It has been a busy summer, and as autumn begins, I once again have the opportunity to return to my simple indoor pleasures. The garden has, for the most part, run its course, travel has slowed down (though it never really stops), and I can reflect on the places we have gone and the things we have seen.
We try, and always succeed, in seeing each of our five children scattered across the country at least once a year. This summer we joined our daughter’s family from Minnesota, and our son’s family from Maryland on the Oregon coast for a most fantastic vacation. My next several postings will be devoted to our trip and the many things we saw, and the many things we did.
Our first stop was Portland, “The City of Roses”. Our three families flew into Portland, where we spent several days exploring the city, getting a feel for its inhabitants, and relaxing in a small house, on a corner lot, in an old and historic neighborhood.
What a charming little place to spend time with family.
Portland is the largest city in Oregon. It is located at the foot of Mt. Hood, and at the confluence of the Columbia and Willamette Rivers.
Before European settlement, many Native Americans of the Chinook made this area their home. The thousands of Chinook from the Clackimas and Multnomah bands made this area the most densely populated on the Pacific Coast.
When streams of settlers traveling the Oregon Trail began arriving on the west coast of the American Northwest, they could not help but notice the vast forests. Two of these settlers, William Overton and his friend, Asa Lovejoy staked out a claim, cleared many of the trees in a business venture, built roads, and erected the first buildings in the area. Eventually, Overton moved on, selling his share of the settlement to Francis Pettigrove. As the settlement grew and prospered, it was called “The Clearing”, and “Stumptown”, but finally, in 1845 it was decided by virtue of a coin toss between Pettigrove and Overton, that the town would be called Portland.
By 1850, Portland had approximately 800 residents, and the town was incorporated in 1851. Industry in the area was benefited by its location on the newly laid railroad. Workers in Portland made their living in lumber, fishing, growing wheat, and raising cattle. Over the years Portland has grown to be the second largest city in the Northwest.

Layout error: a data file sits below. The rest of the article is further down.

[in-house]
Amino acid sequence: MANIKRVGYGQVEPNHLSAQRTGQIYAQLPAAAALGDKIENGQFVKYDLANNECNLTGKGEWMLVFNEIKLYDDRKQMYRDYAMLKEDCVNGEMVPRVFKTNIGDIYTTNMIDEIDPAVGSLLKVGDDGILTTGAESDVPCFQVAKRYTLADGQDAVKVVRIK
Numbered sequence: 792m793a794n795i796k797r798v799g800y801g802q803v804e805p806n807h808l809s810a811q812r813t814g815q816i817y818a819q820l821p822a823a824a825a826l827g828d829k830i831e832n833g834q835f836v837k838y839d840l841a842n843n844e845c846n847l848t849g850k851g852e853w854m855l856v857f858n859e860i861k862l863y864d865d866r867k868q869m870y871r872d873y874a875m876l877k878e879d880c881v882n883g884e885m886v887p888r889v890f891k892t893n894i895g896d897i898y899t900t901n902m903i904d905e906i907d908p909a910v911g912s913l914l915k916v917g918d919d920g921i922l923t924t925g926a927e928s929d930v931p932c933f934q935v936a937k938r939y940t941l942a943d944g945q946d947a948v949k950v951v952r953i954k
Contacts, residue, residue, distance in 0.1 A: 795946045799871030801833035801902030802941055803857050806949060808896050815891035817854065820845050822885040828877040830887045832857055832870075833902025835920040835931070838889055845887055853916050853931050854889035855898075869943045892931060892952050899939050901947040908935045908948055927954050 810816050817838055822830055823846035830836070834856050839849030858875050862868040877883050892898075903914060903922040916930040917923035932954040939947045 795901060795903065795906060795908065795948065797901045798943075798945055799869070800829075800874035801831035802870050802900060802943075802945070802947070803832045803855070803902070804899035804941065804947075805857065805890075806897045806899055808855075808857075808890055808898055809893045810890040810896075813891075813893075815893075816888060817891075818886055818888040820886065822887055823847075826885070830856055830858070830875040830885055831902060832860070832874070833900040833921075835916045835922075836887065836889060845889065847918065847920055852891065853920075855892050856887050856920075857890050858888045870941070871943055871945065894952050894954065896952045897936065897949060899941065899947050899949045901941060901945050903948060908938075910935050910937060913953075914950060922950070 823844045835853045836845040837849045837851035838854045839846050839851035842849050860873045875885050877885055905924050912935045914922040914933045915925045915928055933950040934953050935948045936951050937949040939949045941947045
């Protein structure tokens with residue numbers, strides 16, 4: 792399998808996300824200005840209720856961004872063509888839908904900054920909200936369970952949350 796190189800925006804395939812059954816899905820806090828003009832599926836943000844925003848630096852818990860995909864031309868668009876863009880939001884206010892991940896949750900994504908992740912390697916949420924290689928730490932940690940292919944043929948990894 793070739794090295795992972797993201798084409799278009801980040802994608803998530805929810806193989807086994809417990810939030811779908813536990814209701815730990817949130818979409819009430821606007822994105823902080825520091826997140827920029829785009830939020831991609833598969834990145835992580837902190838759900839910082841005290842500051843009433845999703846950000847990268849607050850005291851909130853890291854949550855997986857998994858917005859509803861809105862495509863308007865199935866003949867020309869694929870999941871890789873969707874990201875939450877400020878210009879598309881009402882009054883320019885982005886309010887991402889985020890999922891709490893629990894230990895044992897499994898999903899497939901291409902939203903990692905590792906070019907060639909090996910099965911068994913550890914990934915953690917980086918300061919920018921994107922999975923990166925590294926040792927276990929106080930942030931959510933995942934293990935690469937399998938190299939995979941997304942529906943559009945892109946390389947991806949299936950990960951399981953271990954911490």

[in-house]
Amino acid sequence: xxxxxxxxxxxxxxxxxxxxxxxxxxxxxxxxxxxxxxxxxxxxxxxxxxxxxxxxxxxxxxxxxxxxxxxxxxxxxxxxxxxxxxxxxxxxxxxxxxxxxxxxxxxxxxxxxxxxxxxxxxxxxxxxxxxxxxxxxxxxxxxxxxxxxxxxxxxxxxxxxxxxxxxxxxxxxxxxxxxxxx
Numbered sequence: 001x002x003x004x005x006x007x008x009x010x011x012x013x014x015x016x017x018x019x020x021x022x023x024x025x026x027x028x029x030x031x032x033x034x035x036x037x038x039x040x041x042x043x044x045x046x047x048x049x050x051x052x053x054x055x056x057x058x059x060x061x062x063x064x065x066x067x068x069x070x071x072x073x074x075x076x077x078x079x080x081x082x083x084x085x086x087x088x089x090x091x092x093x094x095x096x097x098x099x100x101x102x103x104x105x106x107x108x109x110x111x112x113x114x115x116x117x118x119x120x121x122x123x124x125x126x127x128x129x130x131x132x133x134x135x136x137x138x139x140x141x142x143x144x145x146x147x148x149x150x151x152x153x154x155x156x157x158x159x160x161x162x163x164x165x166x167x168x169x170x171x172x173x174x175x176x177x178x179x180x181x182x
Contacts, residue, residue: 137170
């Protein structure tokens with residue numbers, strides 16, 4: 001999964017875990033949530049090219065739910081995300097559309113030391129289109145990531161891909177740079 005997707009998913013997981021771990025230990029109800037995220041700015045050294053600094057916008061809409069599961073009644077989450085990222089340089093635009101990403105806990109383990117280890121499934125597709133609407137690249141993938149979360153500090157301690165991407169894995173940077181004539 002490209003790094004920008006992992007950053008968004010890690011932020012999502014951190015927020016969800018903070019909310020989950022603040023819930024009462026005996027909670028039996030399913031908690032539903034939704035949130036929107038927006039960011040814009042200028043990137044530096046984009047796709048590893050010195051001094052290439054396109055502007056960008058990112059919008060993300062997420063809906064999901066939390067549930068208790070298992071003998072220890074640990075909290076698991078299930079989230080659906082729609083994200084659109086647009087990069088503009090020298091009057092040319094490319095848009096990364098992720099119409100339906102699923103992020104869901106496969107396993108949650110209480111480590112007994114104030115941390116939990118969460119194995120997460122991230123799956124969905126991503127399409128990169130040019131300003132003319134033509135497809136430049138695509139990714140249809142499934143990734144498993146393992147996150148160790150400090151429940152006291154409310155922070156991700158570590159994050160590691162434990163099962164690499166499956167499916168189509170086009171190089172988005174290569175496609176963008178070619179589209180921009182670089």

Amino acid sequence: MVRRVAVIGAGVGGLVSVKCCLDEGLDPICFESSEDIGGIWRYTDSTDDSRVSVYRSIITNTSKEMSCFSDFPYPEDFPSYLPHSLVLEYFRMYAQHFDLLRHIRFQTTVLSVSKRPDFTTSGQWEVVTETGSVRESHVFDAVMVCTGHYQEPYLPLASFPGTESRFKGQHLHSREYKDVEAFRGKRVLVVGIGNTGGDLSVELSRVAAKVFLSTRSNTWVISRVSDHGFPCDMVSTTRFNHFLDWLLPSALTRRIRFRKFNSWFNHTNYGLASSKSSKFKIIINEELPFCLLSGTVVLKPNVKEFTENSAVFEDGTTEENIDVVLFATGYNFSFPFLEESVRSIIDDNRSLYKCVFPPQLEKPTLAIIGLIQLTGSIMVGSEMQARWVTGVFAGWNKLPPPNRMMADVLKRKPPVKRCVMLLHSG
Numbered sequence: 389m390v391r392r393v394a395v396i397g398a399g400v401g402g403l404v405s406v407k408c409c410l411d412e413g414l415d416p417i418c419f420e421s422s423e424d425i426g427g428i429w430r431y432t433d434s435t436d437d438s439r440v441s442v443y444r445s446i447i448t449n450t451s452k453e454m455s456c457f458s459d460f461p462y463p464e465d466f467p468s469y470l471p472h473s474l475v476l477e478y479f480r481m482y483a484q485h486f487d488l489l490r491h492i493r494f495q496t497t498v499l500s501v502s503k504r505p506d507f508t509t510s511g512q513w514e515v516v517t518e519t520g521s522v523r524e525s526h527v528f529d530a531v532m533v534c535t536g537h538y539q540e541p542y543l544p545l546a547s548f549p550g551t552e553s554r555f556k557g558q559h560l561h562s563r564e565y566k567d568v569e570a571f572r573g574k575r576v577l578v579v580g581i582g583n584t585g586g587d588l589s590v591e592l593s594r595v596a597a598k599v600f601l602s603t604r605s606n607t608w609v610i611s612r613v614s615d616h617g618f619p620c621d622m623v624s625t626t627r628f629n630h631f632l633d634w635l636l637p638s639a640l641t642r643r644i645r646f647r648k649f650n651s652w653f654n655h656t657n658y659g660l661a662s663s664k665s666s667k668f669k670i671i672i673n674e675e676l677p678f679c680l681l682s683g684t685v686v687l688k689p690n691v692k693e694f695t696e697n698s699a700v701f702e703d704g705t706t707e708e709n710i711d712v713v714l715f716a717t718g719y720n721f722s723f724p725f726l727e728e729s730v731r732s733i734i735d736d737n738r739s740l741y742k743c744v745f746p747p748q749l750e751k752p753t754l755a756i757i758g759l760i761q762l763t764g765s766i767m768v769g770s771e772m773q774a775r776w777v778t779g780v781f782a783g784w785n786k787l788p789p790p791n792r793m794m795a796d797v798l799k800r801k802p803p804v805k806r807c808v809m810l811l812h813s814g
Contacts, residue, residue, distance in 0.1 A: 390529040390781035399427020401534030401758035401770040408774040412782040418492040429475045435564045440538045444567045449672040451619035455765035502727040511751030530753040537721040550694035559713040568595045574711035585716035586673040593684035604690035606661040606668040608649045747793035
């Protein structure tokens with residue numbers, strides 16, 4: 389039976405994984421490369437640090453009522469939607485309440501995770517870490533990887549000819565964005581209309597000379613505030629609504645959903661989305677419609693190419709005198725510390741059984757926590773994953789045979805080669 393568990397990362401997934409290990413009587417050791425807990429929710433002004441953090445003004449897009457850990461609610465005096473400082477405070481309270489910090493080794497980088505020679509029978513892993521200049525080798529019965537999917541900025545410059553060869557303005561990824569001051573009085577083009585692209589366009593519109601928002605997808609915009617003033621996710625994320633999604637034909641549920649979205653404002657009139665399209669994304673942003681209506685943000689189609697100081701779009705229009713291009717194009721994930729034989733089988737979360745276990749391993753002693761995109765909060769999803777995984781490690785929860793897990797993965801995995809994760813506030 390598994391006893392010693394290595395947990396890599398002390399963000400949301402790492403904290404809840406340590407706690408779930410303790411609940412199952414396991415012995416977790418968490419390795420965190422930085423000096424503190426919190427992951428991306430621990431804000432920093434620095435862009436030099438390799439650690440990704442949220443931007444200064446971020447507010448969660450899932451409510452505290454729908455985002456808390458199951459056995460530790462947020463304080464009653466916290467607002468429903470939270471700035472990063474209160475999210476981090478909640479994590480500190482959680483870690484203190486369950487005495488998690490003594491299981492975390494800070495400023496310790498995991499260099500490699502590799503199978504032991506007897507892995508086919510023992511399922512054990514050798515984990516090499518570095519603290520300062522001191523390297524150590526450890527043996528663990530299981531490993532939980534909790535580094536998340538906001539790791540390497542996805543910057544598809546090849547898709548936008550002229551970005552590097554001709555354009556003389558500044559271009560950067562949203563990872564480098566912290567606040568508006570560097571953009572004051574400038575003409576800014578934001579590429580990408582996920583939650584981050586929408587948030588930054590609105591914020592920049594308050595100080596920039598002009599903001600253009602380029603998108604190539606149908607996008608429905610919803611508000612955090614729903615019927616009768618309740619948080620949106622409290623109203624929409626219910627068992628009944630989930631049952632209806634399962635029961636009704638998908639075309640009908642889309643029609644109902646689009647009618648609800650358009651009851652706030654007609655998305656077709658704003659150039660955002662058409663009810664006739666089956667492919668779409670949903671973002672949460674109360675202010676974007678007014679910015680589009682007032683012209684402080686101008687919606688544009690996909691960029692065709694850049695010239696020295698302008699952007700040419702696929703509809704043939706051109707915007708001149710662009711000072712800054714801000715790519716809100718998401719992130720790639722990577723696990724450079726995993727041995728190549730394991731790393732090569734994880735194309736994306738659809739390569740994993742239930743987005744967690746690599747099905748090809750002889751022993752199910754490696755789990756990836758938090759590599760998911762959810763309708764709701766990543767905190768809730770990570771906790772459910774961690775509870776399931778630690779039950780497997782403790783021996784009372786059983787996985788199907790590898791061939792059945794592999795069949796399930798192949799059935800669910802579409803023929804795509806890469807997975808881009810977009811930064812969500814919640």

A few scenes from Portland…
Our first big outing was to the Lan Su Chinese Garden in Portland’s Old Town…what an amazing place. We wandered around the garden for quite some time, marveling at the beautiful flowers and plants and enjoying the kids as they enjoyed the huge koi! But one of the best parts of this visit was our lunch at the Tea Room. We ordered several items and shared them all around.
Both the grandchildren enjoyed watching the fish in the pond…
and our granddaughter could have stayed right here for hours listening to the soothing, beautiful music…
Another day we traveled to the International Test Rose Garden in Washington Park. Pictures do a much better job than words ever could to describe this beautiful place…
We met friends of our son’s at Washington Park to give the children an opportunity to play on the playground. While they played, and wore their parents out, I took a walk along one of the paths and realized for the first time that I was actually in the rain forest…
We wandered around Portland for several days, enjoying the sites using their mass transit. One of my favorite places to visit was Powell’s Books, the largest independent book store in the world. I cannot believe I did not take a picture…guess I was too busy buying books, and wondering how on earth I would get them all home in my luggage…on a plane with weight restrictions. I did it, but it wasn’t easy, and Jim’s luggage was suddenly heavier than he remembered it on the flight here. And to round out one very busy day, we stopped for some of Portland’s famous Voodoo Doughnuts. Oh, how the two kids enjoyed those!
And on our way out of Portland, we stopped at another of their magnificent parks for a picnic lunch…as we headed to the coast, and a beach house on a hillside. But more about that in another post!
Tired kids, tired grandpa…on our way further west…
Sweet Cherries…Sweet Treat
Some of the best sweet cherries, known as Bing cherries, are grown in the American Northwest. Here is a slightly adapted recipe for a sweet cherry caflouti from the Portland Farmers Market. A caflouti is a custrdy cake which originated in Southern France…and it is really delicious.
Sweet Cherry Caflouti
- 1 Tbsp. unsalted butter
- 2/3 c. all-purpose flour
- 1/2 c. sugar
- 1/2 tsp. salt
- 1/2 c. milk, warmed just a bit
- 4 eggs, slightly beaten
- 2 Tbsp. amaretto (optional; you may substitute 1 Tbsp. of pure almond extract)
- 1 lb. of sweet cherries, stemmed and pitted
- a bit of confectioners sugar
- In a large bowl, combine the flour, sugar, and salt, and make a well in the middle.
- Add the milk, eggs and amaretto.
- Stir the mixture together with a wooden spoon until well combined. The batter will be similar to heavy cream.
- Butter the bottom of a cast iron frying pan with the butter, and cover evenly with the cherries.
- Pour the batter over the cherries and bake at 375 degrees on the middle rack of the oven until the clafouti is firm, about 35- 45 minutes.
- Cool on a wire rack for 10 minutes.
- Dust with a bit of confectioners sugar. and serve warm.